ACCESSIBILITY, Hypocritical Cant, Politics, Satire, Social Justice, Transported

Of Incontestable Arguments

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A global political, and commercial enterprise has been brought to a dead halt, by the disappearance of Her Majesty’s Railway Servants, and the Royal Dock Workers of London. Where ever can they be? Not idling at home surely! Why such hard grained men as these  work even on a Sunday! Passengers sit fretting on trains which can’t run themselves and all timetabled services have been suspended indefinitely. Cargo bound for the Indies lies heaped upon the dock; and in such a manner as to obstruct the best efforts of the most energetic clerk to negotiate his way past. What is to be done? The cargo cannot unload itself, any more than the trains can navigate their way from Paddington train station to Neyland.

But take a brisk stroll from the direction of the Liverpool Street Terminus, hop aboard a Hackney Cab bound for the Old Bailey and there you will have the solution to this puzzle. For you will get no further than Ludgate Hill, crammed as the thoroughway is with sluggish Omnibuses transporting reporters for the various London broadsheets, teeming as it is with stolid railway men and Royal Dockers, a prodigious profusion of them, stern and unsmiling and unyielding as the very metal the trains are made of! 

“Pray tell where are you bound?”

“To Newgate!” one man tersely replies and another and another, the march is slow, ponderous and heavy. The sound of their plodding feet? T’is as the rumble of underground thunder, t’is as the hammerings of the Greek God Vulcan upon the raw elements of the earth. To Newgate! The dwelling place of murderers, swindlers and those silk mill workers who dared to protest and riot against their meagre pay and working conditions. To Newgate! That point from whence hundreds of silk mill workers have been ferried to New South Wales, a place which even the denizens of hell have forsaken!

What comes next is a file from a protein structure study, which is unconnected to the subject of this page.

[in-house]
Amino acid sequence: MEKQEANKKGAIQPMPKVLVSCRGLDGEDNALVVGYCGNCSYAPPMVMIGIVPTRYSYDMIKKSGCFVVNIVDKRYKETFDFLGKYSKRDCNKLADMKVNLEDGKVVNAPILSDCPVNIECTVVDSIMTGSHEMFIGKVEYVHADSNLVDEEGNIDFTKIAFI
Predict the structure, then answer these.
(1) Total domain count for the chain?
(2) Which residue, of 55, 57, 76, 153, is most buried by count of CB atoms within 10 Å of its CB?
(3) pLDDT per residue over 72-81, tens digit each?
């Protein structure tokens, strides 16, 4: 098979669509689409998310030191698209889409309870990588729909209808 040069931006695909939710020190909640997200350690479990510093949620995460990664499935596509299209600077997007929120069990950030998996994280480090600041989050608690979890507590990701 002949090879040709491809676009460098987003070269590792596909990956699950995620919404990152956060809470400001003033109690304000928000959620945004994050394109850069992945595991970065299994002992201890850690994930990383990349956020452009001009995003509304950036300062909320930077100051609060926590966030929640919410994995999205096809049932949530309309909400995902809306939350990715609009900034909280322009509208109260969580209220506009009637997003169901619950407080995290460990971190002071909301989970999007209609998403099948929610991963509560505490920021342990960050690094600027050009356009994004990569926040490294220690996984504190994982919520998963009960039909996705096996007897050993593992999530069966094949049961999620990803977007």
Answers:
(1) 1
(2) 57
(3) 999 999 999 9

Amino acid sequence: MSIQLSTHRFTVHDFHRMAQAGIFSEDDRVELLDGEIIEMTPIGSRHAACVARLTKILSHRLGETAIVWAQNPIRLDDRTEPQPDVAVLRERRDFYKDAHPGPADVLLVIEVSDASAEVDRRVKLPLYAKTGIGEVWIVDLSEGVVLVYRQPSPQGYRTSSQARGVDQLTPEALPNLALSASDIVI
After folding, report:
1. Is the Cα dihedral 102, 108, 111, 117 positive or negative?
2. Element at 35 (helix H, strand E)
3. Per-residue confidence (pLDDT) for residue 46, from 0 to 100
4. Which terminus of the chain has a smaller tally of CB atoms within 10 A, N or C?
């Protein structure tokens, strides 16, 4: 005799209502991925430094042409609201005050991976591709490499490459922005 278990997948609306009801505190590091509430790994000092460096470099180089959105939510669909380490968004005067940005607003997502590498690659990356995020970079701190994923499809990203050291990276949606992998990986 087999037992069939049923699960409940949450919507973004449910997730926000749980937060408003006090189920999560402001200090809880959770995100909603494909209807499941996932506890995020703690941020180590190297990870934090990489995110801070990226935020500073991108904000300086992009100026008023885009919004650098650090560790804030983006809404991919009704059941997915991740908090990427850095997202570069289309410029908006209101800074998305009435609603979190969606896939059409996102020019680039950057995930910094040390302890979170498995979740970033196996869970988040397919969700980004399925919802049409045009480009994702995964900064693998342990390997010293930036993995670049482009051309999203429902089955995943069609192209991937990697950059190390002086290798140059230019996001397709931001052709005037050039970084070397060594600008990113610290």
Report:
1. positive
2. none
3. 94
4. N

“Ours are the skills on which Her Majesty’s empire is built ! Our labours the fuel on which this empire is founded! And shall we forsake our brothers as they lie in chains for that very cause which is our own? Never! Why even now the orphans of our fallen comrades suffer for the sake of poor pay and worse conditions! Nay, their sufferings are our own! If we fail our comrades we fail ourselves! Let us march to Newgate!” And so they march dear reader, past St Martins of Ludgate, past the Old Bailey until, at length, they stand in front of the impenetrable walls of Newgate Prison.

Pitch darkness lit up by dozens and then hundreds of torches held aloft by men and children who have marched dozens of miles and would march thrice more to achieve their end, justice! Dear readers, justice of the purest and most beneficient kind for the much oppressed silk mill workers! “Can you see him da? Can you see him?” asks a weary, dust begrimed road sweeper arching his neck back in the hopes of viewing that near-legend whose stolid intransigence and fiery disposition has fueled many a protest and caused those who stand beside him to hope against reason. “Aye son, there he stands betwixt the prison walls! T’is The Union Rep!”